Nonetheless, Klytie became aware of the infidelity and, teeming with jealousy, she became very vocal about this inappropriate affair. Eventually word made its way to Leucothoe’s father, and out of rage and malice he buried his daughter alive. While mourning her loss, Apollo fertilized the mound of dirt on top of her and frankincense grew from it. Klytie, on the other hand, was consumed with grief and perched herself under the sun, staring at it for nine straight days until her body withered away. In its place, the heliotrope was born. In other versions Klytie’s face follows Apollo’s chariot across the sky every day, and the gods take pity on her, turning her into a sunflower.

Violet – The story of how the violet created is rather complex and gory at times. It involves an irrational love from Cybele towards her grandson Attis. Cybele was a goddess, and Zeus had it in mind that he would procreate with the Phrygian. She spurned his advances, but as was common for the great god, Zeus would eventually have his way. Nine months later Cybele birthed Agdistis, a hermaphrodite who was wild with evil and too uncontrollable for the gods of Olympus to handle. Therefore, they removed his male half and cast it aside in order to make him docile.

The remains fertilized the ground and an almond tree sprout up in place. A young woman named Nana passed by the tree one day and ate from its supply, fertilizing her and delivering a baby nine months later. This baby was called Attis. Nana, ostensibly, did not want the child and tried to expose him in order to kill him. Inexplicably Attis was resilient and survived this process, raised by shepherds from the area and became one of the most handsome men in the kingdom, so handsome that Cybele admired his aesthetic appeal, and fell in love with him.

When he became of age, Attis fell in love with a local King’s daughter and planned to marry her, but Cybele’s jealousy would eventually deter this from happening. She set a curse upon Attis, causing him to go mad and run throughout the hills in the region. He eventually came upon a pine tree, castrated himself, and ended up dying at that spot. The blood from his wounds would fertilize the ground and a violet would sprout.  

Narcissus – The last mythological story to share is that of the narcissus, also known as a daffodil. To many this one may be slightly more familiar because of its connections with the psychological term narcissism, which is derived from the main character’s overbearing trait that ultimately leads to his demise.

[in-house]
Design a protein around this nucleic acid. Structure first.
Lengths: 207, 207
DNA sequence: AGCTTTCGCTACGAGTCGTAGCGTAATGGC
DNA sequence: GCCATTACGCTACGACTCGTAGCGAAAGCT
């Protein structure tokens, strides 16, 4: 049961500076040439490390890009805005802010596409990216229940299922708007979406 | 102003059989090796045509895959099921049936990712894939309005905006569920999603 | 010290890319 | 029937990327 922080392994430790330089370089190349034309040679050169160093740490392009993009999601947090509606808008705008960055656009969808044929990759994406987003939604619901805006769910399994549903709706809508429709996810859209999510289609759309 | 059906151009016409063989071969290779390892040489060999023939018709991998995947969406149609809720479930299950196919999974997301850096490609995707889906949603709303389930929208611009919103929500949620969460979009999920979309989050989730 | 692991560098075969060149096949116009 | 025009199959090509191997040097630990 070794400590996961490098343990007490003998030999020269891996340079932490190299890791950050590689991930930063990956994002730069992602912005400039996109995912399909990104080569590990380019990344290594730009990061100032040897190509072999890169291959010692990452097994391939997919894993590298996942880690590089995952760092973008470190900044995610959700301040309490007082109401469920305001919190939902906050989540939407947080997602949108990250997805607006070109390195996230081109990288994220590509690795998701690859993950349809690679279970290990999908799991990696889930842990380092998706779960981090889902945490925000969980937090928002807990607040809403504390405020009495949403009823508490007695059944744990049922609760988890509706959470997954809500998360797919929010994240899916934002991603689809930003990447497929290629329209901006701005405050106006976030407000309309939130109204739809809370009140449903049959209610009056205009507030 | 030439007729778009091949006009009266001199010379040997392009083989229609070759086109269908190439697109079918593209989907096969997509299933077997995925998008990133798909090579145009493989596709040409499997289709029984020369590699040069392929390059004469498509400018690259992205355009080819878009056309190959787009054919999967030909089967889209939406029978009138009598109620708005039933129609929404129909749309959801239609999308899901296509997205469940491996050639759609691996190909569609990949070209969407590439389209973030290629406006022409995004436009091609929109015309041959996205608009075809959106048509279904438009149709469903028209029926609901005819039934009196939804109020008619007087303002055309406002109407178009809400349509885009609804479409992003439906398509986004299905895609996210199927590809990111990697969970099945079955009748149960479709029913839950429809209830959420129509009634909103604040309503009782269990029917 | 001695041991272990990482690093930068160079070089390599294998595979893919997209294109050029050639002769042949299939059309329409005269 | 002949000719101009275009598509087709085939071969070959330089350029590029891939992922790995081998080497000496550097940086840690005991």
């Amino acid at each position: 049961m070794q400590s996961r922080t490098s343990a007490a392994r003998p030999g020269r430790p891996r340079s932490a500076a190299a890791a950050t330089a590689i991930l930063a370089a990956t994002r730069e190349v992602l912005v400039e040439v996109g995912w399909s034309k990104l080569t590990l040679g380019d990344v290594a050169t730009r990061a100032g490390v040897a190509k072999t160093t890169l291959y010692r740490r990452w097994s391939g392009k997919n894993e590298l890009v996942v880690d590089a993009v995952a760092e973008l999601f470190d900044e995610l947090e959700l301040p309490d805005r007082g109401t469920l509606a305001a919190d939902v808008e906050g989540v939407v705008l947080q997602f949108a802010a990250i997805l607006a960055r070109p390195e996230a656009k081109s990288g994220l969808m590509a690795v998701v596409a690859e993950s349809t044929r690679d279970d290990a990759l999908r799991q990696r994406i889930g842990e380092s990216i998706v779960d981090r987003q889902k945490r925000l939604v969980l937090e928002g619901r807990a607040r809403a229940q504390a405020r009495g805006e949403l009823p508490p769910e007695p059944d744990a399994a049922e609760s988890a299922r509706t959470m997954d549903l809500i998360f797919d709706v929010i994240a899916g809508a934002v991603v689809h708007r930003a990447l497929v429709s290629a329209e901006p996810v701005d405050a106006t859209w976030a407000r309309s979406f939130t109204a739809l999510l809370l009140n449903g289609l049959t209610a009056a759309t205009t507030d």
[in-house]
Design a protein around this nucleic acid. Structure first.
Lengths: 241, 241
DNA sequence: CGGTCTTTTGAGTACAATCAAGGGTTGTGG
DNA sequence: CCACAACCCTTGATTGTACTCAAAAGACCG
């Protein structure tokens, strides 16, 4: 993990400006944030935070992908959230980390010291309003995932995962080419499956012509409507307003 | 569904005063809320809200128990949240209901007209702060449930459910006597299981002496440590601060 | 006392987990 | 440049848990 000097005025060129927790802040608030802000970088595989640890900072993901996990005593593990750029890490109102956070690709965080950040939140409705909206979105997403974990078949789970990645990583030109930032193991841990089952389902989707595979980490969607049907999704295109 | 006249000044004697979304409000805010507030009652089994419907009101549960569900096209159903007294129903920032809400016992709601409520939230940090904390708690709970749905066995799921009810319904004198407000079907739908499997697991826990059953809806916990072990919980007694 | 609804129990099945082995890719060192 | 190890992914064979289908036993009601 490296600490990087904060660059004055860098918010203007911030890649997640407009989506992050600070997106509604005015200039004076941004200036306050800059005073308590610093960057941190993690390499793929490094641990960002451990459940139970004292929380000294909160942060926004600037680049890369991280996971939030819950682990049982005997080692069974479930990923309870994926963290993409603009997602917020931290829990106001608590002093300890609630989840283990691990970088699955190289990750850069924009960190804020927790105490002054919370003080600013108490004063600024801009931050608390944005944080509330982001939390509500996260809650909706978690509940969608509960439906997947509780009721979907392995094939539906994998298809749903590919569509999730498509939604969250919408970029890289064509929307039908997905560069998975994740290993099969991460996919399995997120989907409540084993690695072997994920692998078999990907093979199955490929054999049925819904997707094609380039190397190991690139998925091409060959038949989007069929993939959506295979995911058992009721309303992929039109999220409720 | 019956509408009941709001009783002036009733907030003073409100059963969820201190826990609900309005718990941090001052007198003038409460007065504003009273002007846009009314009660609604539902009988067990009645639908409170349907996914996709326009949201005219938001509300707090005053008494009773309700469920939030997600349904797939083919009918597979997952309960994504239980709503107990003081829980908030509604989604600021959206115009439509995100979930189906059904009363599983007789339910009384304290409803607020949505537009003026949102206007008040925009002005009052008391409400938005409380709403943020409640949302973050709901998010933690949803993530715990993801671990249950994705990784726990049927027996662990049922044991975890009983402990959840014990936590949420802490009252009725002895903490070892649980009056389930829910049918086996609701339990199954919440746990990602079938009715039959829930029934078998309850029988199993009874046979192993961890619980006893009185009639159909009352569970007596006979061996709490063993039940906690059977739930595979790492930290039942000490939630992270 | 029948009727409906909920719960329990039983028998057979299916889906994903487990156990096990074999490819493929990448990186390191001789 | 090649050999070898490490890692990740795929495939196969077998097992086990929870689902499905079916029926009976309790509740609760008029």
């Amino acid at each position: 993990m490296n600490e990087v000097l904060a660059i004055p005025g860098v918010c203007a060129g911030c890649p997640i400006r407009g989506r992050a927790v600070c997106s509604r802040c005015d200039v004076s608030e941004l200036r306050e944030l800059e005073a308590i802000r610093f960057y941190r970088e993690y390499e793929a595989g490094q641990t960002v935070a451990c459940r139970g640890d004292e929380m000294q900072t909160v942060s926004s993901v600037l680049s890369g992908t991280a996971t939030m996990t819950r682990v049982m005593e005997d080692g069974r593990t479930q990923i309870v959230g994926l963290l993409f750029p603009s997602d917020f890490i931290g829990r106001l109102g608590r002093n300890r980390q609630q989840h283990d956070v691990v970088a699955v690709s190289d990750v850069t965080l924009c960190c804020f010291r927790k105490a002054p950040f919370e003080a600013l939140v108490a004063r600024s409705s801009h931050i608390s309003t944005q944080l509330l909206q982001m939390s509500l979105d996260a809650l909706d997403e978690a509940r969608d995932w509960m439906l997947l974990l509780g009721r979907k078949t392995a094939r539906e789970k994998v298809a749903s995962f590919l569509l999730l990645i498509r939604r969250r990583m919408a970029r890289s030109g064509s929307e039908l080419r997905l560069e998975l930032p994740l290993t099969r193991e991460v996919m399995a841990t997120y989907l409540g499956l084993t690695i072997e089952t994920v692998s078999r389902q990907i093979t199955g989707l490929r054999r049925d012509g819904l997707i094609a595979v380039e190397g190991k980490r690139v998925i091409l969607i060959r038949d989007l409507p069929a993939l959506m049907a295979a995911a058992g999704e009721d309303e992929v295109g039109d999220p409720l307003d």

Narcissus was a hunter from Thespiae who was born with incredible physical features, so much that when his mother asked a sage when he was born if he would die old, the sage affirmed but only if he did not come to know himself. One day, in his teenage years, he was foraging in the woods when a young girl named Echo, who was cursed only to repeat the last words another person said, fell in love with his beauty and began following him. Narcissus, who spurned all advances from anyone, quickly ran from her, humiliating Echo and leaving her feeling rejected.

As he continued in the woods, he stumbled upon a well at Nemesis’s manipulation, where he saw the first and last reflection of himself. It was at this point Narcissus was struck with splendor’s sight, instantly falling in love with his image, yet was fooled because he did not know that was him. After some time he became weak, and he understood that the love of the boy he saw in the well went unrequited. As a tear drop fell into the well, distorting the reflection, Narcissus spit out a goodbye, which was then repeated by the spying Echo, before sticking his head into the earth, ending his own life. When a search group came to recover his body, they found a flower in the spot where his body was.

These stories go on to form some basis behind Sigmund Freud and C. G. Jung’s works, so these can be foretelling in our own characteristics. No, we are not going to judge you because you have daffodils or perform psychoanalysis on you through your garden, but these can be telling and reveal mysterious aspects about us in some way. So, this list can always be some guide when you want to plant new flowers or remove old ones that, maybe, do not quite fit your personality. As always, we hope you enjoyed this list. Happy digging!

Categories: Green, Other